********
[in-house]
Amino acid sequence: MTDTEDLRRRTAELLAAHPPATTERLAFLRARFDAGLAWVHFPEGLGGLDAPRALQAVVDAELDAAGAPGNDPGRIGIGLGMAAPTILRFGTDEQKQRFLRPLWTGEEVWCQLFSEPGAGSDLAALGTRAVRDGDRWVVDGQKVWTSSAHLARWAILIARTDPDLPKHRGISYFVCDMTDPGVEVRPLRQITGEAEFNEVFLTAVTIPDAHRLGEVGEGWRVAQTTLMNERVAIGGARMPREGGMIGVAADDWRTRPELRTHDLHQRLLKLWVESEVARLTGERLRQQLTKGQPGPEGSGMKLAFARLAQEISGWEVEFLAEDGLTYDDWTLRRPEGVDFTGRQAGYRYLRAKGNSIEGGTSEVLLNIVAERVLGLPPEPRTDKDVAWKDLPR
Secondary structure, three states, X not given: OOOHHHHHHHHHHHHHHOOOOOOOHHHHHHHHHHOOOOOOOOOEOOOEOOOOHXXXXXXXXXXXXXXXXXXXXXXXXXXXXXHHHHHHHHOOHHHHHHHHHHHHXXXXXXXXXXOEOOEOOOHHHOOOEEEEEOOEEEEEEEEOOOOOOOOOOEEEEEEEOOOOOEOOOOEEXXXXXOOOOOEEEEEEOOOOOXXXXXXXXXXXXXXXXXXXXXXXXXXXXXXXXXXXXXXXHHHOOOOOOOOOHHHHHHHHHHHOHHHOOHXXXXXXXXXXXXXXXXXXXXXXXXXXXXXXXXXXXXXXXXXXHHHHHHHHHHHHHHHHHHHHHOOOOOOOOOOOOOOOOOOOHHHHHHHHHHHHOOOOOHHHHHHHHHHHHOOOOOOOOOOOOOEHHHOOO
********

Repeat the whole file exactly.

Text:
[in-house]
Amino acid sequence: MTDTEDLRRRTAELLAAHPPATTERLAFLRARFDAGLAWVHFPEGLGGLDAPRALQAVVDAELDAAGAPGNDPGRIGIGLGMAAPTILRFGTDEQKQRFLRPLWTGEEVWCQLFSEPGAGSDLAALGTRAVRDGDRWVVDGQKVWTSSAHLARWAILIARTDPDLPKHRGISYFVCDMTDPGVEVRPLRQITGEAEFNEVFLTAVTIPDAHRLGEVGEGWRVAQTTLMNERVAIGGARMPREGGMIGVAADDWRTRPELRTHDLHQRLLKLWVESEVARLTGERLRQQLTKGQPGPEGSGMKLAFARLAQEISGWEVEFLAEDGLTYDDWTLRRPEGVDFTGRQAGYRYLRAKGNSIEGGTSEVLLNIVAERVLGLPPEPRTDKDVAWKDLPR
Secondary structure, three states, X not given: OOOHHHHHHHHHHHHHHOOOOOOOHHHHHHHHHHOOOOOOOOOEOOOEOOOOHXXXXXXXXXXXXXXXXXXXXXXXXXXXXXHHHHHHHHOOHHHHHHHHHHHHXXXXXXXXXXOEOOEOOOHHHOOOEEEEEOOEEEEEEEEOOOOOOOOOOEEEEEEEOOOOOEOOOOEEXXXXXOOOOOEEEEEEOOOOOXXXXXXXXXXXXXXXXXXXXXXXXXXXXXXXXXXXXXXXHHHOOOOOOOOOHHHHHHHHHHHOHHHOOHXXXXXXXXXXXXXXXXXXXXXXXXXXXXXXXXXXXXXXXXXXHHHHHHHHHHHHHHHHHHHHHOOOOOOOOOOOOOOOOOOOHHHHHHHHHHHHOOOOOHHHHHHHHHHHHOOOOOOOOOOOOOEHHHOOO